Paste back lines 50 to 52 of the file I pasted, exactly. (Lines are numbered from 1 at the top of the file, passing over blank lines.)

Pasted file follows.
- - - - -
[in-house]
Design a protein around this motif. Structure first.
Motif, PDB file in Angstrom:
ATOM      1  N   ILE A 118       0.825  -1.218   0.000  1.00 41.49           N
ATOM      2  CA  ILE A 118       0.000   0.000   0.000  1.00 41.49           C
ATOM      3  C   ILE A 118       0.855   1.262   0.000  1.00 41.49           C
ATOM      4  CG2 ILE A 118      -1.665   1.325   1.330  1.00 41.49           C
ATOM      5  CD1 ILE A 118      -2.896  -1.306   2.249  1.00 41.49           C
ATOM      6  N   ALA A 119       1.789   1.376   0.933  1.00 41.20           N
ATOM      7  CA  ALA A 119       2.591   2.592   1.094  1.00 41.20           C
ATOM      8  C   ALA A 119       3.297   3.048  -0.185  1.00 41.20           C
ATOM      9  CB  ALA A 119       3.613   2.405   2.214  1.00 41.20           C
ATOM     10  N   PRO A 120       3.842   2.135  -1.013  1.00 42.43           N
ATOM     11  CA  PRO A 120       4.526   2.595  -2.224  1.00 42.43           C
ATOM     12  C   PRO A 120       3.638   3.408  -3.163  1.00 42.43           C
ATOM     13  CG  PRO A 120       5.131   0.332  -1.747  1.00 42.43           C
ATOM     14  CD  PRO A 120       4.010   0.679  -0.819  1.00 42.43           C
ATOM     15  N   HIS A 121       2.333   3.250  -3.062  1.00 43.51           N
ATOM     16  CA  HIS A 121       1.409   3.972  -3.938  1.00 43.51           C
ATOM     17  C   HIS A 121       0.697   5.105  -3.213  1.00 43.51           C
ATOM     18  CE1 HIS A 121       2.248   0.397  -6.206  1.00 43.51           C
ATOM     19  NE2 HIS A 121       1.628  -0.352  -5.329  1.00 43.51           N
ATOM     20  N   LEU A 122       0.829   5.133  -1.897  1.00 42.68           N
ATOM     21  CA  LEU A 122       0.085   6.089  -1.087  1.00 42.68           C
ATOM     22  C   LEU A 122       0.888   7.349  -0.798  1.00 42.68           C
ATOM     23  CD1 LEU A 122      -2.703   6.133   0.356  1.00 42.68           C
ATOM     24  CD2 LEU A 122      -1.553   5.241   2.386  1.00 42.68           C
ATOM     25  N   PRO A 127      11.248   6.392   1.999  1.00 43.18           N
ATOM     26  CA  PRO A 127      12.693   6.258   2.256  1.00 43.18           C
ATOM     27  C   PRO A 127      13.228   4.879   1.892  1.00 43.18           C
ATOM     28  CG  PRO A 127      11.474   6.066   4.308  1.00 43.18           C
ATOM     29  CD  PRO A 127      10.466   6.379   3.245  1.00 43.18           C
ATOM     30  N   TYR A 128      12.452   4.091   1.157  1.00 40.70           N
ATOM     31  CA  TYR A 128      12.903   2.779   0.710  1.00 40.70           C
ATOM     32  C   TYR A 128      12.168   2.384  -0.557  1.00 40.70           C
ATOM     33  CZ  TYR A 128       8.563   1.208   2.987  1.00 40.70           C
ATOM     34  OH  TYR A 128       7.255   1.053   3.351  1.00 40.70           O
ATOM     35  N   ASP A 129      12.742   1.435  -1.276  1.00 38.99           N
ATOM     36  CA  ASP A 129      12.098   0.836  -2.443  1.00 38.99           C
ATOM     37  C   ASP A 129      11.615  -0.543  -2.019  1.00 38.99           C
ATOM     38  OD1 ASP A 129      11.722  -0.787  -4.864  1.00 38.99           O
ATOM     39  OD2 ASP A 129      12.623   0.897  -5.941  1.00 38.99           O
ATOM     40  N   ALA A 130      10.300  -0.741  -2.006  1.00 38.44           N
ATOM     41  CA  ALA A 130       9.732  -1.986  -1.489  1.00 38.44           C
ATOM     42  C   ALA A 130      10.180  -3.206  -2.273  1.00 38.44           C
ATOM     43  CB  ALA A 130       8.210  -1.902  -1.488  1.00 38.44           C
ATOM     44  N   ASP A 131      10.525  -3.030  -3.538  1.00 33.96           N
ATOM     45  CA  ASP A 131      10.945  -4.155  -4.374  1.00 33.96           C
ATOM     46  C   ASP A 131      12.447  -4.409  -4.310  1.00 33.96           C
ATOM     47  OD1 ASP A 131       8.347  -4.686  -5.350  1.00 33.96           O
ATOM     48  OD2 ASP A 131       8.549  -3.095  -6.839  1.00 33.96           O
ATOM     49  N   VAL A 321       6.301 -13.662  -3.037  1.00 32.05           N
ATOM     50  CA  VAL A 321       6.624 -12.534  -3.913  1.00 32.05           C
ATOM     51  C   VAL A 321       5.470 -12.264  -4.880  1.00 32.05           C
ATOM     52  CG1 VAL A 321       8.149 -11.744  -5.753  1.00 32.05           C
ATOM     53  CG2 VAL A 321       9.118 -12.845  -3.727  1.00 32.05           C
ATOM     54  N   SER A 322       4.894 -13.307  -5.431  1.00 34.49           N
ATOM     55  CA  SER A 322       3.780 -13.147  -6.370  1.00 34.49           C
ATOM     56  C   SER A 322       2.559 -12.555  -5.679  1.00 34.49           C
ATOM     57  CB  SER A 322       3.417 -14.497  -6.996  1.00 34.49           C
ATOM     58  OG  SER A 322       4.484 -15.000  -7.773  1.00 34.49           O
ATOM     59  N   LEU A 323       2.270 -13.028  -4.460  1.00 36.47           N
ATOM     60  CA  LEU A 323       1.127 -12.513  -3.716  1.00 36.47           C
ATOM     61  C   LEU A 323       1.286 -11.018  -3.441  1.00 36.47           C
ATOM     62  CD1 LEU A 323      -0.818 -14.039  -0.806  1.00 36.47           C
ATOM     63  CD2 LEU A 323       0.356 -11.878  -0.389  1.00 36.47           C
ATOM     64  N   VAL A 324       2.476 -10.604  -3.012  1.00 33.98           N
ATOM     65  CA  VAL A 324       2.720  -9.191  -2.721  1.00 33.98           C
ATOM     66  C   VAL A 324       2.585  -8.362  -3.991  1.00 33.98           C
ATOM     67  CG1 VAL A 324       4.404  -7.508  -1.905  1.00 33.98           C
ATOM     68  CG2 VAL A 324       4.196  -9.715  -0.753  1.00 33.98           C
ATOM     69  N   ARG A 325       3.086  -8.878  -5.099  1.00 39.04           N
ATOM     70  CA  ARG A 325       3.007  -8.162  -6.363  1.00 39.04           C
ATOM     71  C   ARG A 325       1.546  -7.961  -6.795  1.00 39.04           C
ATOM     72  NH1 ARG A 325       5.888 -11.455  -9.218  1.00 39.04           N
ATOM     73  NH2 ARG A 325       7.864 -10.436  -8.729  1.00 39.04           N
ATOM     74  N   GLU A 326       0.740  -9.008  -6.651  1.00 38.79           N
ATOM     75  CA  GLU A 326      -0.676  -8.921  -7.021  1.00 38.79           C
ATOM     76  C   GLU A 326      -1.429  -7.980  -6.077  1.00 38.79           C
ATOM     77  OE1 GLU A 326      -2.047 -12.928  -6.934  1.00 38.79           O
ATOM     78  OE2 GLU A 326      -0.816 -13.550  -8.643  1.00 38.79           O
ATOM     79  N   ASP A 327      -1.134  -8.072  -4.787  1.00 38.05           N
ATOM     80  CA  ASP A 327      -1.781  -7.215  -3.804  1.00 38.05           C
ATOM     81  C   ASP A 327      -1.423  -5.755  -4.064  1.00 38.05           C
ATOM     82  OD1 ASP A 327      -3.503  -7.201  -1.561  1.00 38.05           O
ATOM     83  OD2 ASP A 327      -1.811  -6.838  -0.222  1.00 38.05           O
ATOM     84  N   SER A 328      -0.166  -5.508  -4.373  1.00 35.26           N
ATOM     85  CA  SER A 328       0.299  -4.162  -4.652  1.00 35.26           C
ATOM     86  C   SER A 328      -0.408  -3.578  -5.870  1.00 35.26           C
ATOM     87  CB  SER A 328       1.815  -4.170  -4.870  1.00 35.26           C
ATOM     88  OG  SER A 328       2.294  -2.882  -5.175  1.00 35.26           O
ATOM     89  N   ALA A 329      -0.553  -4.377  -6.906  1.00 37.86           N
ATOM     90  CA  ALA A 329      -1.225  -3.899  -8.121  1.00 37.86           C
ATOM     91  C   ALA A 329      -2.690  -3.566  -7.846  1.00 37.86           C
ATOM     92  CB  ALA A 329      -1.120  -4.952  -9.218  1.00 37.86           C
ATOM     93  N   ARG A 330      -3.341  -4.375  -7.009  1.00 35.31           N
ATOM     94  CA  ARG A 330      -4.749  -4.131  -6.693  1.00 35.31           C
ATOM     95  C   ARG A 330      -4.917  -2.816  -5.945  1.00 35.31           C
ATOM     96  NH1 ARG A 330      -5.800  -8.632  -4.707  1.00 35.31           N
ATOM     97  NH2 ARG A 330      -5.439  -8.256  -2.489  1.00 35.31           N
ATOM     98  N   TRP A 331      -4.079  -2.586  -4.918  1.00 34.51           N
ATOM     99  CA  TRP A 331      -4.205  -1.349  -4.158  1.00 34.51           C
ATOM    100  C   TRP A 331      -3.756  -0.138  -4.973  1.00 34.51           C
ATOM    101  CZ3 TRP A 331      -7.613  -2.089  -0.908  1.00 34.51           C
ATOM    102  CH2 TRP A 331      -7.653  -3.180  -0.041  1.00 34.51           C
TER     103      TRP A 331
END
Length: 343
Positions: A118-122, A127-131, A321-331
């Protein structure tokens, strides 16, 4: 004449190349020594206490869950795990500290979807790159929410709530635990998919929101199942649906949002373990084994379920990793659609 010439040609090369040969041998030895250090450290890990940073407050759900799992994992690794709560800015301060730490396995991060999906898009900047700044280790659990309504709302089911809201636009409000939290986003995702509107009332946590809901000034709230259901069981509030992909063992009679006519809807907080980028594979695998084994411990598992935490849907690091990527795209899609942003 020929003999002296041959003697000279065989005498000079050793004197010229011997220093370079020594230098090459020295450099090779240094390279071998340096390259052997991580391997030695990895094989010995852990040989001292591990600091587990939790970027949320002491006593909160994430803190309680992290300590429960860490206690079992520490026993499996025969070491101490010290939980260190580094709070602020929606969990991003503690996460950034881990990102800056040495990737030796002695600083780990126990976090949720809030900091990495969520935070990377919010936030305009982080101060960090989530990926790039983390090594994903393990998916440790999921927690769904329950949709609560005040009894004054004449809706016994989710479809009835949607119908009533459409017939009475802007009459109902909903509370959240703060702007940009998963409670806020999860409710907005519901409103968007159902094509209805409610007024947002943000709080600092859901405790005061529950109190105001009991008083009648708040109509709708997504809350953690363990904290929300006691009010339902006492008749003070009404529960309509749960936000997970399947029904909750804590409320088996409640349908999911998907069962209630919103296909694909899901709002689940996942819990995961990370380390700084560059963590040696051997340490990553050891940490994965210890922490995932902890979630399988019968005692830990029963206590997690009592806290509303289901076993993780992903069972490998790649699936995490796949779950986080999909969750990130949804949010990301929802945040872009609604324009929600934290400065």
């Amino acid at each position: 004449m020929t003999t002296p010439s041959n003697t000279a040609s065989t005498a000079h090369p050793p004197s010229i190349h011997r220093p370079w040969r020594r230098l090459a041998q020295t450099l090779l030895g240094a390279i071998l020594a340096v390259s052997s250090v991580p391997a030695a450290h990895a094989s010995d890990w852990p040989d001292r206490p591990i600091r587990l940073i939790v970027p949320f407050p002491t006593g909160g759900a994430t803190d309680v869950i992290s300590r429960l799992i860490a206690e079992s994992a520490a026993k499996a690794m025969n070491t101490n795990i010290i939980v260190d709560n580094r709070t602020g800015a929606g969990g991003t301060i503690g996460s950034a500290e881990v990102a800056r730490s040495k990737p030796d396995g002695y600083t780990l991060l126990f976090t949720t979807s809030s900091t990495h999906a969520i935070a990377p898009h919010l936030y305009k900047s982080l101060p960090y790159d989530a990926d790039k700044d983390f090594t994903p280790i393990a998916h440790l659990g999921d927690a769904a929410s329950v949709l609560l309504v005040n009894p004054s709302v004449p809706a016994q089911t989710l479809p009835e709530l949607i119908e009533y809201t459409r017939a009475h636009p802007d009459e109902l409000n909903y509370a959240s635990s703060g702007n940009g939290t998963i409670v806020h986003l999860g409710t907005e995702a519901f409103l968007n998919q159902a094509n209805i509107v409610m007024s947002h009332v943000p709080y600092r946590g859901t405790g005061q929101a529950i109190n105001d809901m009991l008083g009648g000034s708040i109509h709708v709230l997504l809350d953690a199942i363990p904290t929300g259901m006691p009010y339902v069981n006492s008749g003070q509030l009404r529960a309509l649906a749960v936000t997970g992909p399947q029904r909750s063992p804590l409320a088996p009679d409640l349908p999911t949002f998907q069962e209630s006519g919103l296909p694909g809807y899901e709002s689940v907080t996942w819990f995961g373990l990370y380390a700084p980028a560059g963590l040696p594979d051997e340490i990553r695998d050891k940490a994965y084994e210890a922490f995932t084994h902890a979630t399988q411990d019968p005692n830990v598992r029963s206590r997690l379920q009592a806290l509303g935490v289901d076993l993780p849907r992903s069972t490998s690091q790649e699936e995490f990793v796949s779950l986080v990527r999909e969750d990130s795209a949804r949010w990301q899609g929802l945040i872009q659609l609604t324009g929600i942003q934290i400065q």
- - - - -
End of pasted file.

ATOM     47  OD1 ASP A 131       8.347  -4.686  -5.350  1.00 33.96           O
ATOM     48  OD2 ASP A 131       8.549  -3.095  -6.839  1.00 33.96           O
ATOM     49  N   VAL A 321       6.301 -13.662  -3.037  1.00 32.05           N